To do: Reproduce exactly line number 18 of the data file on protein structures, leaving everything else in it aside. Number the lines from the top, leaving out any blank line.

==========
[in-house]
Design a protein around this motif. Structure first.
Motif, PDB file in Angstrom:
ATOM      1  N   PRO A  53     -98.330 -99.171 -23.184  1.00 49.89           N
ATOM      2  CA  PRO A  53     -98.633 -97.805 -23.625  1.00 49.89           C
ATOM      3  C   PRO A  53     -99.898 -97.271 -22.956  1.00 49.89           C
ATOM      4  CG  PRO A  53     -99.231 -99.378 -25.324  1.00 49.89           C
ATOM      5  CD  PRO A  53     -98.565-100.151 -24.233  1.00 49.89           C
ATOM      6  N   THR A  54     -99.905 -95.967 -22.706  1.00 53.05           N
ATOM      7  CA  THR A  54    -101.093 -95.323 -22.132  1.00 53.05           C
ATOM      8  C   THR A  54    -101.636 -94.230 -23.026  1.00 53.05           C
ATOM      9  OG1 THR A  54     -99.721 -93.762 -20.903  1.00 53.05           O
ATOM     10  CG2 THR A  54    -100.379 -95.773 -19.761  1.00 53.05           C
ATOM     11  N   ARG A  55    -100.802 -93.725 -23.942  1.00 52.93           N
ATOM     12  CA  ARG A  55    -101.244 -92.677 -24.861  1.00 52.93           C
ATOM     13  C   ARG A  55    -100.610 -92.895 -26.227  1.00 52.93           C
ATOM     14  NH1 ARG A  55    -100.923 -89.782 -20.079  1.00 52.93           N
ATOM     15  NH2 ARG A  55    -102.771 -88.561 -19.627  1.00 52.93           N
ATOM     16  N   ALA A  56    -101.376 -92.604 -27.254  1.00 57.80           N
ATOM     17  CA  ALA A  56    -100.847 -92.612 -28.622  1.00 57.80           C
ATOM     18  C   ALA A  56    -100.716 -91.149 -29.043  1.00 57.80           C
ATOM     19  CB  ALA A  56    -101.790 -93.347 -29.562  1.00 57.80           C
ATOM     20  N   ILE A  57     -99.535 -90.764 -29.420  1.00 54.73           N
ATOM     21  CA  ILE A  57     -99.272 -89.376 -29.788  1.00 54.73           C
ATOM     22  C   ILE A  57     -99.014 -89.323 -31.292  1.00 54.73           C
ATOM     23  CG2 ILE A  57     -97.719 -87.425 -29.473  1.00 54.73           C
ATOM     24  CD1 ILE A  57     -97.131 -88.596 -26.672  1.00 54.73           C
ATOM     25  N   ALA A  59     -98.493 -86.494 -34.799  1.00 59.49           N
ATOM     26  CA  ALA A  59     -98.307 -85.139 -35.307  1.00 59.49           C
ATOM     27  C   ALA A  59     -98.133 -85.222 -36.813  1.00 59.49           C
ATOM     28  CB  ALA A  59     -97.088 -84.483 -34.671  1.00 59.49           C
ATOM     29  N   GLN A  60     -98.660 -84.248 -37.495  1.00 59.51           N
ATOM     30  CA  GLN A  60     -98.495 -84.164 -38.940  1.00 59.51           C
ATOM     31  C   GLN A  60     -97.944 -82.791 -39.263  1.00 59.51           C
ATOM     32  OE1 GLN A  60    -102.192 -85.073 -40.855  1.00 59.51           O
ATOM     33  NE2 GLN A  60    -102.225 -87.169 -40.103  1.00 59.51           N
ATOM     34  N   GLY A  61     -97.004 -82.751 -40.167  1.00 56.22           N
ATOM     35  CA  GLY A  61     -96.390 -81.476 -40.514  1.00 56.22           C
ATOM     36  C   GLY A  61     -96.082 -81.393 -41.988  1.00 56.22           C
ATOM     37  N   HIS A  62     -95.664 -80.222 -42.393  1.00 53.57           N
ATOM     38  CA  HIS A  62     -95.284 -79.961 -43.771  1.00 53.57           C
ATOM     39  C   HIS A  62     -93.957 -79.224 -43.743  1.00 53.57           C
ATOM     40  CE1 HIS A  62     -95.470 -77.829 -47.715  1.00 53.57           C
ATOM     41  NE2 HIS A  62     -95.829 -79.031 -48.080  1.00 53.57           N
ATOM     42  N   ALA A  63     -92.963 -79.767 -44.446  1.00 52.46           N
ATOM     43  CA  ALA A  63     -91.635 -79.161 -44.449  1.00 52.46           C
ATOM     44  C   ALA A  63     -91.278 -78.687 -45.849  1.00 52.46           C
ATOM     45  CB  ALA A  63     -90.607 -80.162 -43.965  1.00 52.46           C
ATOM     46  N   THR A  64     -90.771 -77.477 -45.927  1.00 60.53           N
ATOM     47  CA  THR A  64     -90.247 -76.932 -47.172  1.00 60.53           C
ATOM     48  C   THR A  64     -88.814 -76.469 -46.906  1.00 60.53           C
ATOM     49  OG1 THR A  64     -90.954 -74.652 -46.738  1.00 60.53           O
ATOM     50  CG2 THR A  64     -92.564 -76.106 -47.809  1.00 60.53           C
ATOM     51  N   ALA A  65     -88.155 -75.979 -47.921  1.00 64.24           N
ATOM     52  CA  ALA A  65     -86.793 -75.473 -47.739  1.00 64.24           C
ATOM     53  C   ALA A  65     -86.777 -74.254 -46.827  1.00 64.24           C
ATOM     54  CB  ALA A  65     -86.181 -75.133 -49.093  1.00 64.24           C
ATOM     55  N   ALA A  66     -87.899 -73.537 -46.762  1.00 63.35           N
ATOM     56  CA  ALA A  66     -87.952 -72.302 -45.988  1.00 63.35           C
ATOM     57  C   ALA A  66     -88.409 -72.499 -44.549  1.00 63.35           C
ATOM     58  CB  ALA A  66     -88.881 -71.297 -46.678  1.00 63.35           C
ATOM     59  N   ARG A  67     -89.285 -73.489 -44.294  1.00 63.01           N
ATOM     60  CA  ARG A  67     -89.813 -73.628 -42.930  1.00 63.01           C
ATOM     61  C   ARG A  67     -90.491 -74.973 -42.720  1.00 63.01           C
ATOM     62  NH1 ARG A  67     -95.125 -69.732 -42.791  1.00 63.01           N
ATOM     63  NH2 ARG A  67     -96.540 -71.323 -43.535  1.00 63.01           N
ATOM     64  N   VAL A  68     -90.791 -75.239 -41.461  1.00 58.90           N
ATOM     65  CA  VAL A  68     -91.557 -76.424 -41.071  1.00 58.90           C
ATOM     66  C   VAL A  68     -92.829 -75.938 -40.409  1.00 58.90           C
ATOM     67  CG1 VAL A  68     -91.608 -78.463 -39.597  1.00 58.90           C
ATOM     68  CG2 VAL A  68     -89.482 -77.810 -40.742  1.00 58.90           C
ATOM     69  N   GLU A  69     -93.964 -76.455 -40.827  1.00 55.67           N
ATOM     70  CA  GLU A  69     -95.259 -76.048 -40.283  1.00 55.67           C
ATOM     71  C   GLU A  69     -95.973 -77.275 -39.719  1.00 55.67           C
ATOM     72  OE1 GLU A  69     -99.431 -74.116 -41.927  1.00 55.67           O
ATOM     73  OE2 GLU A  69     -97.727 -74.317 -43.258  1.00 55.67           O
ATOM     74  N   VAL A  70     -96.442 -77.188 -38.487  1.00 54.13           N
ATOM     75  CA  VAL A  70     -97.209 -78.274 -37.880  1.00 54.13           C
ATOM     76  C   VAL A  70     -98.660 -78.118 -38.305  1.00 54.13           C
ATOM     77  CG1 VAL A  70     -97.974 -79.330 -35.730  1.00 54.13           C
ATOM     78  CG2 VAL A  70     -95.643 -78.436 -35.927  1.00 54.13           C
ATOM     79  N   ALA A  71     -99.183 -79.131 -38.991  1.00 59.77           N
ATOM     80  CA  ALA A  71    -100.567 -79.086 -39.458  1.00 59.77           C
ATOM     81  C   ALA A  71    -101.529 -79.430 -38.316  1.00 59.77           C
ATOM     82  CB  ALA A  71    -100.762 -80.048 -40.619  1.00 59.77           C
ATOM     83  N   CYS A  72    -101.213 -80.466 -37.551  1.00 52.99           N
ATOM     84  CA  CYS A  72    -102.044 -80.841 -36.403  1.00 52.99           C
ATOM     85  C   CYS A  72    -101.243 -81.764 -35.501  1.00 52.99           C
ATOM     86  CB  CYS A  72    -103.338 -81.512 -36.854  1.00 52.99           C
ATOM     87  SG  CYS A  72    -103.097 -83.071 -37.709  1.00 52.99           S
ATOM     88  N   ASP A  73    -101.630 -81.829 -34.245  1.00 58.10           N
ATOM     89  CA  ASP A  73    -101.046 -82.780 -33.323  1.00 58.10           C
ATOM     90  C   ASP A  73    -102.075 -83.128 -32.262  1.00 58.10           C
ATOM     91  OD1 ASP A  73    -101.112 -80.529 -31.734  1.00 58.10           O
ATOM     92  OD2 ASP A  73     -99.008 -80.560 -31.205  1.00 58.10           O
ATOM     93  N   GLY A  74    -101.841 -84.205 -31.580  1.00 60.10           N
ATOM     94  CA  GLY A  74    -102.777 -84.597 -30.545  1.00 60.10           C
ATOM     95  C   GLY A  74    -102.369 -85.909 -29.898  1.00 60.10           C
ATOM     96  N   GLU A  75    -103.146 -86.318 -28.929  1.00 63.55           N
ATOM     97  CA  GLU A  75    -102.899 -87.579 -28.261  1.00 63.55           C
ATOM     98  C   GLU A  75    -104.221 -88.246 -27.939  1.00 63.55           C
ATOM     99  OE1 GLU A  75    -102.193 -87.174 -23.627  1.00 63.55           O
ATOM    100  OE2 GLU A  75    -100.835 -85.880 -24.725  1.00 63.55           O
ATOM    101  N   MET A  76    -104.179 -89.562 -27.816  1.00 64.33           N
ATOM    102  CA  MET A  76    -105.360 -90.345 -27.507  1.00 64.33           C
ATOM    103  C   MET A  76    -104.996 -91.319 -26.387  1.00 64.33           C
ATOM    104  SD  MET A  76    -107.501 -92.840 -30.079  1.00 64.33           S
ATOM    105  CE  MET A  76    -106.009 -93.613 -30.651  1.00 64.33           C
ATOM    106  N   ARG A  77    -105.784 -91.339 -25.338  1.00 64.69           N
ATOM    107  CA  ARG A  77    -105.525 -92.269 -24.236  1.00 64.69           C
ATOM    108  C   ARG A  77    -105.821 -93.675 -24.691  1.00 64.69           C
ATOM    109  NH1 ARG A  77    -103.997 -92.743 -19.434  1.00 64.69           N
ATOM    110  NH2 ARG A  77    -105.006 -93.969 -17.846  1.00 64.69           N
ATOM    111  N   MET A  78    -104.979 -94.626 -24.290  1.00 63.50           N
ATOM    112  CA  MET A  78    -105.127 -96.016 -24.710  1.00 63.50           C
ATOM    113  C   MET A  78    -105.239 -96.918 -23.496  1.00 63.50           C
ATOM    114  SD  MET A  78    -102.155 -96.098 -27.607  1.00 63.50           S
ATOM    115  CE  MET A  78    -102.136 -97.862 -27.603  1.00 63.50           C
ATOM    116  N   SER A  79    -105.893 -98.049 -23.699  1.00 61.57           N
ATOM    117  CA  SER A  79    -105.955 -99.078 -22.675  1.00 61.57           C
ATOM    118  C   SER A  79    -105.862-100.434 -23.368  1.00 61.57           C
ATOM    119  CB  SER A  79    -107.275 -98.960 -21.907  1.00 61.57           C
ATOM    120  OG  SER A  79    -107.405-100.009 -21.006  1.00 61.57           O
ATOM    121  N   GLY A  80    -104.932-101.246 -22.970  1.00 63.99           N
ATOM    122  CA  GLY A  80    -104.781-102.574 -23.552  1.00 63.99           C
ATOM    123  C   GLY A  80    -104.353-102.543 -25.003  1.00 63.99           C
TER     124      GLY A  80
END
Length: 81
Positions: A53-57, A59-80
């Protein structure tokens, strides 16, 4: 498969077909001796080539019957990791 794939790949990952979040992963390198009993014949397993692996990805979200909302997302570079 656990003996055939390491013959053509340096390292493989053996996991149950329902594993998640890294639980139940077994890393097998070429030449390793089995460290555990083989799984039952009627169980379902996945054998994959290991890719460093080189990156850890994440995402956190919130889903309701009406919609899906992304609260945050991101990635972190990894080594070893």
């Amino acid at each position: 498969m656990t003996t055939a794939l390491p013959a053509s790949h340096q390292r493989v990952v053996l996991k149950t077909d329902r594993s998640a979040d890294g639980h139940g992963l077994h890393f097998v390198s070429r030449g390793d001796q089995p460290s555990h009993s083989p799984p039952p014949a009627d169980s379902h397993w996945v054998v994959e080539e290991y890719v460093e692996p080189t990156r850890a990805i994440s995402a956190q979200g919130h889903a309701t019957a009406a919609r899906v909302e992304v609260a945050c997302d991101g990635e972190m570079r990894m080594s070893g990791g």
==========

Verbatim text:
ATOM     15  NH2 ARG A  55    -102.771 -88.561 -19.627  1.00 52.93           N